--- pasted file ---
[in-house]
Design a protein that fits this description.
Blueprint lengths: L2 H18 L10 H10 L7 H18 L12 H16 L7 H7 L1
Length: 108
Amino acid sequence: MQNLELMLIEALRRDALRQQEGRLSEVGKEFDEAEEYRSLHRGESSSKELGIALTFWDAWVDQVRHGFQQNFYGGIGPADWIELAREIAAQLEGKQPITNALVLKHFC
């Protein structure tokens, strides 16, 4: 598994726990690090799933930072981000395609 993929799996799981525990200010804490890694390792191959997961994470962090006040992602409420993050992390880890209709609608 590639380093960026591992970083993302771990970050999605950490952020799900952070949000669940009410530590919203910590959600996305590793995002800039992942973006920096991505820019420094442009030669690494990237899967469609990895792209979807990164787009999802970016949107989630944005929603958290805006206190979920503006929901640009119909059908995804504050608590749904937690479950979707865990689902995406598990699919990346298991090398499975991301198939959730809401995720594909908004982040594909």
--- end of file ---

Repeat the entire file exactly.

[in-house]
Design a protein that fits this description.
Blueprint lengths: L2 H18 L10 H10 L7 H18 L12 H16 L7 H7 L1
Length: 108
Amino acid sequence: MQNLELMLIEALRRDALRQQEGRLSEVGKEFDEAEEYRSLHRGESSSKELGIALTFWDAWVDQVRHGFQQNFYGGIGPADWIELAREIAAQLEGKQPITNALVLKHFC
């Protein structure tokens, strides 16, 4: 598994726990690090799933930072981000395609 993929799996799981525990200010804490890694390792191959997961994470962090006040992602409420993050992390880890209709609608 590639380093960026591992970083993302771990970050999605950490952020799900952070949000669940009410530590919203910590959600996305590793995002800039992942973006920096991505820019420094442009030669690494990237899967469609990895792209979807990164787009999802970016949107989630944005929603958290805006206190979920503006929901640009119909059908995804504050608590749904937690479950979707865990689902995406598990699919990346298991090398499975991301198939959730809401995720594909908004982040594909």